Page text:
is a 17th- and 18th-century dance that originated in Brittany. The term can also be used to describe the music to which a passepied is set. The music is an example of a dance movement in Baroque music and is almost always a movement in binary form with a fast tempo and a time signature of three quavers (eighth notes) per bar, each section beginning with an upbeat of a single quaver. Passepieds occasionally appear in suites such as Handel’s Water Music (Suite No. 1 in F) or J.S. Bach’s Overture in the French Style for harpsichord where there are two Passepieds in minor and major keys respectively, to be played alternativement in the order I, II, I.
These six suites for keyboard are thought to be the earliest set that Bach composed. Originally, their date of composition was thought to have been between 1718 and 1720, but more recent research suggests that the composition was likely earlier, around 1715, while the composer was living in Weimar
Bach’s English Suites display less affinity with Baroque English keyboard style than the French Suites do to French Baroque keyboard style; the name «English» is thought to date back to a claim made by the nineteenth-century Bach biographer Johann Nikolaus Forkel that these works might have been composed for an English nobleman. No evidence has emerged to substantiate this claim. It has also been suggested that the name is a tribute to Charles Dieupart, whose fame was greatest in England, and on whose Six Suittes de clavessin Bach’s English Suites were in part based.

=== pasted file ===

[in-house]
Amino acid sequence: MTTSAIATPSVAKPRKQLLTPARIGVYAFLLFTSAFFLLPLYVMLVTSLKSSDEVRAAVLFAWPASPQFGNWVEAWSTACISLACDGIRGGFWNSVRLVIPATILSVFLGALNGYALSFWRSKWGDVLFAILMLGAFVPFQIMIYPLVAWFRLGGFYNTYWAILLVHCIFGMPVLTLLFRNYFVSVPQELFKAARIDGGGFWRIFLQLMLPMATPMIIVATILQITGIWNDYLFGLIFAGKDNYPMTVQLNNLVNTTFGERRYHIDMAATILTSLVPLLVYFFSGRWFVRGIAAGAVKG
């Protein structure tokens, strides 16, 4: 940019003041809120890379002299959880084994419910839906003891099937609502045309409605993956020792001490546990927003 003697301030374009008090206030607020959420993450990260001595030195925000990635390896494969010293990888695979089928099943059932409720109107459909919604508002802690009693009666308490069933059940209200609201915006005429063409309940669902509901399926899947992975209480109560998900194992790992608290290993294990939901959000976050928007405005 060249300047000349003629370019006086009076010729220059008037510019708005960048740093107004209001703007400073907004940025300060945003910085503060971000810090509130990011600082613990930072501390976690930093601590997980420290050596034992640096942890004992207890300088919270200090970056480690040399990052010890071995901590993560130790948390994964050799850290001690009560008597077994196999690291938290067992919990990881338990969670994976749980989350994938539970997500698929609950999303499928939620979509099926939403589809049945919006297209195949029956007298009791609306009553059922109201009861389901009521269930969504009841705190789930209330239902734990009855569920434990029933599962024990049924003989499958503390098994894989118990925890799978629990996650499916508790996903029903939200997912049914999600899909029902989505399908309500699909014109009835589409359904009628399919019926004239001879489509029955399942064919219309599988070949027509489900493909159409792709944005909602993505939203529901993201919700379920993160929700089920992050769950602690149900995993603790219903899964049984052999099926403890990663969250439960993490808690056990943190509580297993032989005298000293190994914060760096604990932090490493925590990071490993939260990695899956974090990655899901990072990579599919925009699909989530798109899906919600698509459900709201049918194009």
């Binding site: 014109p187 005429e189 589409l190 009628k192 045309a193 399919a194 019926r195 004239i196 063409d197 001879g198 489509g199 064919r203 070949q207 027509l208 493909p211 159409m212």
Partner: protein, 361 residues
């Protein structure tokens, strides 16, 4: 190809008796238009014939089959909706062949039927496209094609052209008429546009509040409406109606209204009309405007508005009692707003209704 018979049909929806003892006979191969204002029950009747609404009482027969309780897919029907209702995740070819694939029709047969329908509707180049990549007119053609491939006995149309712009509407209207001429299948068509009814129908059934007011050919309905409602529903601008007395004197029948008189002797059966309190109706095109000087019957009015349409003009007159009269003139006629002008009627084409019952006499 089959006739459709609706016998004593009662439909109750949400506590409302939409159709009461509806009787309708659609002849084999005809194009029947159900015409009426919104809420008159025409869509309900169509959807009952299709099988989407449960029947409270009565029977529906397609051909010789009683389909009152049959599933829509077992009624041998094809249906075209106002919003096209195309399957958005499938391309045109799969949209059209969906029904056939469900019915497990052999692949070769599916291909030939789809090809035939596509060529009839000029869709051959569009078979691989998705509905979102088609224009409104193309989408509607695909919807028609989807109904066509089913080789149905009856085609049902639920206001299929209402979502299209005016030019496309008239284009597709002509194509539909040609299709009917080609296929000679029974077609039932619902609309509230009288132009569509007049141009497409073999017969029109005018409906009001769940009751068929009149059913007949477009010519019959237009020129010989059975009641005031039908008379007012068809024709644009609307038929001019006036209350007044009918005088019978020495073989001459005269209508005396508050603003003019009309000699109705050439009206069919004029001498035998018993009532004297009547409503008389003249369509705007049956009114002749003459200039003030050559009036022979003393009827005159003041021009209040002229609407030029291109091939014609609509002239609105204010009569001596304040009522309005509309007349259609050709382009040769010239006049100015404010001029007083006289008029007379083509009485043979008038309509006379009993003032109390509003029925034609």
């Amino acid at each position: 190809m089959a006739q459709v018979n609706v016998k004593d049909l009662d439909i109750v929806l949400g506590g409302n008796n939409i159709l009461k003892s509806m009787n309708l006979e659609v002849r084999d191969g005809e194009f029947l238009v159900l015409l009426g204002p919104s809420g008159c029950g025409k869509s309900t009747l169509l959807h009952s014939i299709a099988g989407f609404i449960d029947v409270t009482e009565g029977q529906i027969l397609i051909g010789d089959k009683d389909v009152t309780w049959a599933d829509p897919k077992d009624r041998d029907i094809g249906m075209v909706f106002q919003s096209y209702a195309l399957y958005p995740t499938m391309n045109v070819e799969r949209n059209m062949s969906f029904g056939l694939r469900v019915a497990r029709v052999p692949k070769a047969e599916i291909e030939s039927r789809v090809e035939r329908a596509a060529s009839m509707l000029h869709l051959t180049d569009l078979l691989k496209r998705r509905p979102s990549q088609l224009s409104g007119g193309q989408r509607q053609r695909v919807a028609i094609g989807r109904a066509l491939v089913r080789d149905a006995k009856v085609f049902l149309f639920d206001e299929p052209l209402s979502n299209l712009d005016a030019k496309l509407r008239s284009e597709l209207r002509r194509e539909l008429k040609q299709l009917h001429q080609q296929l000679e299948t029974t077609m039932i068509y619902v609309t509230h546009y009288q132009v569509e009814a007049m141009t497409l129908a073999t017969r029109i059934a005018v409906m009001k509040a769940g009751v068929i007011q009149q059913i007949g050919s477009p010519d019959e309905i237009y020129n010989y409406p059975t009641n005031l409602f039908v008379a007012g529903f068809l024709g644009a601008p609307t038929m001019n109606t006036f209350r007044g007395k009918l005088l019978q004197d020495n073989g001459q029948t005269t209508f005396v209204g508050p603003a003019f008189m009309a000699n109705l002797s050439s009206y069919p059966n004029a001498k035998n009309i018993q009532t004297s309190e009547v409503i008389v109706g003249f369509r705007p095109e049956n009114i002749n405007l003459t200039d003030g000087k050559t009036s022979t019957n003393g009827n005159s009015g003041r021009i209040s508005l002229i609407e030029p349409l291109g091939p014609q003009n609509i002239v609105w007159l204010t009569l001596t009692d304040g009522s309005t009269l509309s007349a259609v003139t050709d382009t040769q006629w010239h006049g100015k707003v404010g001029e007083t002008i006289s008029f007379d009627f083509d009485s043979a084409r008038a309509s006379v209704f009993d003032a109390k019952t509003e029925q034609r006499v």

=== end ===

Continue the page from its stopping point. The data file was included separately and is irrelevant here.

Surface characteristics of the English Suites strongly resemble those of Bach’s French Suites and Partitas, particularly in the sequential dance-movement structural organization and treatment of ornamentation. These suites also resemble the Baroque French keyboard suite typified by the generation of composers including Jean-Henri d’Anglebert, and the dance-suite tradition of French lutenists that preceded it.
In the English Suites especially, Bach’s affinity with French lute music is demonstrated by his inclusion of a prelude for each suite, departing from an earlier tradition of German derivations of French suite (those of Johann Jakob Froberger and Georg Boehm are examples), which saw a relatively strict progression of the dance movements (Allemande, Courante, Sarabande and Gigue) and which did not typically feature a Prelude. Unlike the unmeasured preludes of French lute or keyboard style, however, Bach’s preludes in the English Suites are composed in strict meter.